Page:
by Catherine Love
Sat in a brightly painted room overlooking rows of grey, identical houses, hands welded to cups of tea to guard against the bracing cold, we listen to Chris telling us a story. Chris runs Soundskills, a local and fiercely independent outreach programme at the heart of Preston’s Brookfield estate, and he’s recalling a community engagement project that was run several years ago by the Harris Museum in the city centre. Staff from the museum arrived, armed with folders full of landscape prints to ‘educate’ the residents, and were greeted by another kind of gallery. In a bare white room in Chris’s house, the walls were studded with images of the community’s own landscape, startling snapshots of the estate. And sitting on plinths dotted around the room were the members of that community, motionless and gagged. Robbed of a voice.
This wonderful, surprising tale of an unexpected live art intervention – a bold, unambiguous statement that shocked its well-meaning but misguided audience – underlines our visit to Preston with a warning. People here are friendly and eager to engage in dialogue, but they are not about to be spoken down to.
This visit is a beginning, the first step in bringing Fuel’s New Theatre in Your Neighbourhood initiative to the city and more specifically to the Continental, a small venue attached to a pub at the edge of the beautiful, wintry Avenham Park, quietly nestled next to the curving metal arches of a railway bridge. Initial impressions are that it’s out of the way, the sort of place you’d have to know about, but lunchtime reveals it to be a busy local hub. The theatre space itself, explains the carpenter who lets us in, used to be a children’s soft play area; it’s a space with an inheritance of inquisitive play. It feels right.
The Continental is programmed by They Eat Culture, an organisation whose work and ambition extends well beyond these four small walls. In our first set of discussions with Ruth, Robin and Jackie, we hear about Journey to the End of the World, a spoken-word project shooting out tendrils across the city and concentrated on the imposing Brutalist structure of Preston Bus Station. It’s a perfect fit for Inua Ellams’ work, already suggesting the potential for attracting new, curious audiences. A promising start.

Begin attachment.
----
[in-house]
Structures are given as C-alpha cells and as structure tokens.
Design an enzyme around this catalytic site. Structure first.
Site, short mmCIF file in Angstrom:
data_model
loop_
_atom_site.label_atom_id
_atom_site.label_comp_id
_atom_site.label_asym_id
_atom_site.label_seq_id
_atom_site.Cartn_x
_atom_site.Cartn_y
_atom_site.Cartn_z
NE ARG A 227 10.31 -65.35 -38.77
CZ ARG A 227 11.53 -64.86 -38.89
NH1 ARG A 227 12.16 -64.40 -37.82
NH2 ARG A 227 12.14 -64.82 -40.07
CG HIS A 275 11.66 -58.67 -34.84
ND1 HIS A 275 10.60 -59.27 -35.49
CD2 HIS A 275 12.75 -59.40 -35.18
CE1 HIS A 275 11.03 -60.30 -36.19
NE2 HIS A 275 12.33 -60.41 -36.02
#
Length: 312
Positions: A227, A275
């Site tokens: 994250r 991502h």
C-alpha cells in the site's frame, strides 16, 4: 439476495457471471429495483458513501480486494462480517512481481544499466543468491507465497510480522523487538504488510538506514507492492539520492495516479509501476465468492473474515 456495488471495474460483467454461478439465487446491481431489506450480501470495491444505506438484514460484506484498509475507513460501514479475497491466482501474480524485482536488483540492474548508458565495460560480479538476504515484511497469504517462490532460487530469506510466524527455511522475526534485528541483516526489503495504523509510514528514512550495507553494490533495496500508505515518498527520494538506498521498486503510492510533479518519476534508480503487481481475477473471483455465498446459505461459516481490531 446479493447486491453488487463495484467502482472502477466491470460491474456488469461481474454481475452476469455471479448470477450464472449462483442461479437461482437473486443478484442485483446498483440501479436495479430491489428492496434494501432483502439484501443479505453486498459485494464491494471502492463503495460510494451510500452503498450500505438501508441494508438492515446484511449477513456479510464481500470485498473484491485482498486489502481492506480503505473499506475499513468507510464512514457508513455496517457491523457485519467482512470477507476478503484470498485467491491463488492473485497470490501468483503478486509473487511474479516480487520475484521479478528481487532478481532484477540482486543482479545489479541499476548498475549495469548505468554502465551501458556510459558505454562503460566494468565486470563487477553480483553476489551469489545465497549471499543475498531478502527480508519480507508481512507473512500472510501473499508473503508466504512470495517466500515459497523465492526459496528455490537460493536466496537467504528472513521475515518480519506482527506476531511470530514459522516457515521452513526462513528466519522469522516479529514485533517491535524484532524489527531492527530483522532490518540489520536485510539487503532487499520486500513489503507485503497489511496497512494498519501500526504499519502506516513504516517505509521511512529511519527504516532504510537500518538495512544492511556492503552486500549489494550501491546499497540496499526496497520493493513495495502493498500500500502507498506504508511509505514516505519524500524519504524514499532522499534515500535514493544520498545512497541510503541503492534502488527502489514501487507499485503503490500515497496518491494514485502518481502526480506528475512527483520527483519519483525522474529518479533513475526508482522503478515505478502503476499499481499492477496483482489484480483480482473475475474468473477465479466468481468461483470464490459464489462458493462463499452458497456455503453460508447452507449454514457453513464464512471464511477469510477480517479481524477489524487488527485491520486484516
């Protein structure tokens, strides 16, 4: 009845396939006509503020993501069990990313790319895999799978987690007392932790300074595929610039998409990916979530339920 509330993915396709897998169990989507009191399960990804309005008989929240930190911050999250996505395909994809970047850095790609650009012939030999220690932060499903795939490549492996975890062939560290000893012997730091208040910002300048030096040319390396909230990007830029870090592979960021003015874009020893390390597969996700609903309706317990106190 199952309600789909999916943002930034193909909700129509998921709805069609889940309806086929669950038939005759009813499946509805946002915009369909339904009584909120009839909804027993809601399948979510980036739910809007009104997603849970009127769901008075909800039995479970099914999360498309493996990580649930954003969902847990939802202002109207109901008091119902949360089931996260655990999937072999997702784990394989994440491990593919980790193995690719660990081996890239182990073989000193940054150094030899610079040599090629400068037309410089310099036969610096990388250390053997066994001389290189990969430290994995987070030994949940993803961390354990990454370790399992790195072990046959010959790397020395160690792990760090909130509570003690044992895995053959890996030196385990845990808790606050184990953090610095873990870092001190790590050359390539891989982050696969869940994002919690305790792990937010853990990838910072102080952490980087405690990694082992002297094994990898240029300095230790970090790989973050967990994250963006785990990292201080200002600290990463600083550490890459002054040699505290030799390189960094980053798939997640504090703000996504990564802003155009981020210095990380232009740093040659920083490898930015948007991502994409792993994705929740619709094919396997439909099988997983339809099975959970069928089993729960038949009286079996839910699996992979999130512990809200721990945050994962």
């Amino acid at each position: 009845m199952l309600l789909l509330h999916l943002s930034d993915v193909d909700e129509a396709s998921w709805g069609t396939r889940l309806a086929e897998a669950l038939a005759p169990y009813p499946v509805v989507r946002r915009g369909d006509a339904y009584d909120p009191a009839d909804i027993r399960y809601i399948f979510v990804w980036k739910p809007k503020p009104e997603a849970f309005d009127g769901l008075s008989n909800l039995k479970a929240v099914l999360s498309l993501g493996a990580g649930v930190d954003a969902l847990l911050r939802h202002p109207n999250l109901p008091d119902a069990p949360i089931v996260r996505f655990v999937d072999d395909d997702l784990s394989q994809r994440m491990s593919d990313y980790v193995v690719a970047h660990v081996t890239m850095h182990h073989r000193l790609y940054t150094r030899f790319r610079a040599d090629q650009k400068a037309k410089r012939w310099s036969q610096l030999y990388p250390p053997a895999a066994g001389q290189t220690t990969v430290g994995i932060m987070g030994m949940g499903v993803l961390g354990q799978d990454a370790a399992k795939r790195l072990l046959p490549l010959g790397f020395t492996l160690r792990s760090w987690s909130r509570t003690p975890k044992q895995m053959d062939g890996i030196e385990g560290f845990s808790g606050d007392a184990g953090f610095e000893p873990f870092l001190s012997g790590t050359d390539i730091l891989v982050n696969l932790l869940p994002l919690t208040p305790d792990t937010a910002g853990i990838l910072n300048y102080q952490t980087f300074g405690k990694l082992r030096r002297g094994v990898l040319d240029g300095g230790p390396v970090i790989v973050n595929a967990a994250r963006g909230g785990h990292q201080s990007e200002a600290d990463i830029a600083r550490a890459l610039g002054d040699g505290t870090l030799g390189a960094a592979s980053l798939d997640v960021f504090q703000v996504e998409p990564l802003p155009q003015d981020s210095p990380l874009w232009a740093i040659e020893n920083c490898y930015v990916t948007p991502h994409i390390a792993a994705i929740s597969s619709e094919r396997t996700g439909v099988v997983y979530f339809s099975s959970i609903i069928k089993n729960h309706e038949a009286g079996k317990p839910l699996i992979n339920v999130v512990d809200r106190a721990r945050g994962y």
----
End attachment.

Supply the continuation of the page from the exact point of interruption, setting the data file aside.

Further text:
Our tour of the city, led by Ruth, is dominated not so much by places as by people. As there are too many of us to squeeze into Ruth’s car, project manager Anne and I take taxis to Soundskills and from there into the city centre, during which the friendliness of the area is attested to by two consecutive cabbies. Strikingly, they both describe Preston – which only gained city status a few years ago – in almost exactly the same terms: not too big and not too small. Goldilocks would be right at home. They also tell us about the impact of the recession and the decline in jobs, although there remains an optimistic streak in their experiences of the city. One driver, hearing about Inua’s show from Anne, suggests that it might be a positive event for young people in the area.
Then, at Soundskills, we meet Chris. He’s been running the organisation for almost 20 years, offering opportunities for local people to get involved with music, visual art, photography and film-making. He talks about the wide dispersal of arts provision across the city, something we first noticed over lunch at the Continental when glancing at a map of the city’s arts venues, a spider’s web of locations that recalls the bewildering map in the back of the Edinburgh Fringe guide. There’s a lot of passion, Chris says, but not enough cooperation and coordination.